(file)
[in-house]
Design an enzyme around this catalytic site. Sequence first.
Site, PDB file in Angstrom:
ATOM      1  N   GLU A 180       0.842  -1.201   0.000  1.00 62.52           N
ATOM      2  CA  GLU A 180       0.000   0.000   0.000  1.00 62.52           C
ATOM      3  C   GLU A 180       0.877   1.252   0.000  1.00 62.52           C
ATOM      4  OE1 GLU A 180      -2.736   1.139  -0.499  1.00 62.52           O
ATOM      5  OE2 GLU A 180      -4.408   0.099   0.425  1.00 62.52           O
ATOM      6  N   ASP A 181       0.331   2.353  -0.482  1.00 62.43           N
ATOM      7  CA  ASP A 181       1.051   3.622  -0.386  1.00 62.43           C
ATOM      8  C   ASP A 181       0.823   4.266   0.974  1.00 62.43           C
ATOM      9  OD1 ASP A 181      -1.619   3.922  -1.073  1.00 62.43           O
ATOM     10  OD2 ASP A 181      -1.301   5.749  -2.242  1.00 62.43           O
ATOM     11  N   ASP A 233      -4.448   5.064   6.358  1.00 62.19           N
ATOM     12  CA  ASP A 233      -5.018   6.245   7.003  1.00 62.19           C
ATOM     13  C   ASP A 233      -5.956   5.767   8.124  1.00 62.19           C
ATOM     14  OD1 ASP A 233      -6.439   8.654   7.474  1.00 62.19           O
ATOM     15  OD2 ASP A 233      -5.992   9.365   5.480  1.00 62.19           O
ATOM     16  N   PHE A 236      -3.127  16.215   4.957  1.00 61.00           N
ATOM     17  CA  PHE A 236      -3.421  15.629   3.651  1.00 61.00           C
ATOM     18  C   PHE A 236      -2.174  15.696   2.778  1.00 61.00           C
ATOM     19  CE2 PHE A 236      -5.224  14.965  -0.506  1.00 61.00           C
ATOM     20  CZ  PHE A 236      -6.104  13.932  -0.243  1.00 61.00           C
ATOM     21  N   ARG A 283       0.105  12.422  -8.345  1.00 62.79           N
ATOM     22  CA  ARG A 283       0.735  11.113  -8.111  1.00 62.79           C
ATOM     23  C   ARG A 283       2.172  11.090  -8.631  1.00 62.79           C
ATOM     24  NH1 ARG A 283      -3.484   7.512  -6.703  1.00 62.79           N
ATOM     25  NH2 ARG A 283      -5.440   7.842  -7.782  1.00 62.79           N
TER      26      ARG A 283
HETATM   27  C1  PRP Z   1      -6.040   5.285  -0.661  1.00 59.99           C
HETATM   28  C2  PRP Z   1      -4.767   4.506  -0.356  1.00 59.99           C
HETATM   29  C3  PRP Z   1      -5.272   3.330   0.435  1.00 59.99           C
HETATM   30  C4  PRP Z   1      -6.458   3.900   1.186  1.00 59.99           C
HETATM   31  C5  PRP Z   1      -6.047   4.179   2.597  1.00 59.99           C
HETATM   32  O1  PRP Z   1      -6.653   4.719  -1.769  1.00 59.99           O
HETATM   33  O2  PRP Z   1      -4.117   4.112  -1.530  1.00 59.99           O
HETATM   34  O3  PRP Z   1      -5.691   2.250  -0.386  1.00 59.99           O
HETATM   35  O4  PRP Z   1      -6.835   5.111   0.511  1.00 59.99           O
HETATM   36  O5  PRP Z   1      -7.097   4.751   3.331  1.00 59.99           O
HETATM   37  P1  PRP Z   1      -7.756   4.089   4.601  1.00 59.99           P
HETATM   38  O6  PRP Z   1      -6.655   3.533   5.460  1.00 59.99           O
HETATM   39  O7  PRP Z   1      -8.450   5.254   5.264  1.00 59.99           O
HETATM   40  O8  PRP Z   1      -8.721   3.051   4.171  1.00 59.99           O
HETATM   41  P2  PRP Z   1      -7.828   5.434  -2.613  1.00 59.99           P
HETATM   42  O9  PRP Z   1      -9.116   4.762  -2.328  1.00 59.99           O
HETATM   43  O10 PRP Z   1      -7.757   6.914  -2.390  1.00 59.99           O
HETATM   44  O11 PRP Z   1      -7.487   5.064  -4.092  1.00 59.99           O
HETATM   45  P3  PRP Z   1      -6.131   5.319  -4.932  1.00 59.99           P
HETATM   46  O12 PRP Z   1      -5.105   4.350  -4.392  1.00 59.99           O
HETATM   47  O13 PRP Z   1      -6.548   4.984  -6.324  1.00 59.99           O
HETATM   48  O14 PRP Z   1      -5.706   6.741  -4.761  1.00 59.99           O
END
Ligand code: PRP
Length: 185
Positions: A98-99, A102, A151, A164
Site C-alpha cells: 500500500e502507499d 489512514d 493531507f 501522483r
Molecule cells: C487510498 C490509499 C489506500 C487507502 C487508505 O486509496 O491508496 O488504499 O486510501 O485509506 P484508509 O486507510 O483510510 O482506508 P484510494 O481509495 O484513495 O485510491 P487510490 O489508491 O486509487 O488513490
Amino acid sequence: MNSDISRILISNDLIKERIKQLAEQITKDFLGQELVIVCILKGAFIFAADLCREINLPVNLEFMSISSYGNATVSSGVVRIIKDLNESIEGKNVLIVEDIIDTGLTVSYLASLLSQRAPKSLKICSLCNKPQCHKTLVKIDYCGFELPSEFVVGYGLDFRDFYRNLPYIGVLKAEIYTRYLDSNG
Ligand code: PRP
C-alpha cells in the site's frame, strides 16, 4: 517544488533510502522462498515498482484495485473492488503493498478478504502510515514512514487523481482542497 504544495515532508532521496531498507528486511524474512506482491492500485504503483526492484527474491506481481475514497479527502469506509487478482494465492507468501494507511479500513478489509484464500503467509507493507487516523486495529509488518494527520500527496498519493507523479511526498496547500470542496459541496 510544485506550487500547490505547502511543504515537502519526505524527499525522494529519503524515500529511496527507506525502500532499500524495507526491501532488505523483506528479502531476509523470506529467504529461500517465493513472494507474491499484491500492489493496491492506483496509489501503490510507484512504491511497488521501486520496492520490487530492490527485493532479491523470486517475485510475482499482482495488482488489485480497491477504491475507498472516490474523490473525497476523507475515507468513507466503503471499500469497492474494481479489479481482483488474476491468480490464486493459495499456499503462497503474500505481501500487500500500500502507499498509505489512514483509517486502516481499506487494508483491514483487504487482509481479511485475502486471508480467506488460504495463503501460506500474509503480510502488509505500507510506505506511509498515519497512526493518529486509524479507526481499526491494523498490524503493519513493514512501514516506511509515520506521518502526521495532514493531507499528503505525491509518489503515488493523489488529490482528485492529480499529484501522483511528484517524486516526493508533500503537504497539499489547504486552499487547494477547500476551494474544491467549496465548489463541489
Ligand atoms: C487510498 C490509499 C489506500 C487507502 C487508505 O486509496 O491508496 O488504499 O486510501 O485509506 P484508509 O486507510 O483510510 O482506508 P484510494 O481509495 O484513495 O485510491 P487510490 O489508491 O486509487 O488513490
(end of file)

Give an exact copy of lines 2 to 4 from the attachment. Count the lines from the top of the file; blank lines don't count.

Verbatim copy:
Design an enzyme around this catalytic site. Sequence first.
Site, PDB file in Angstrom:
ATOM      1  N   GLU A 180       0.842  -1.201   0.000  1.00 62.52           N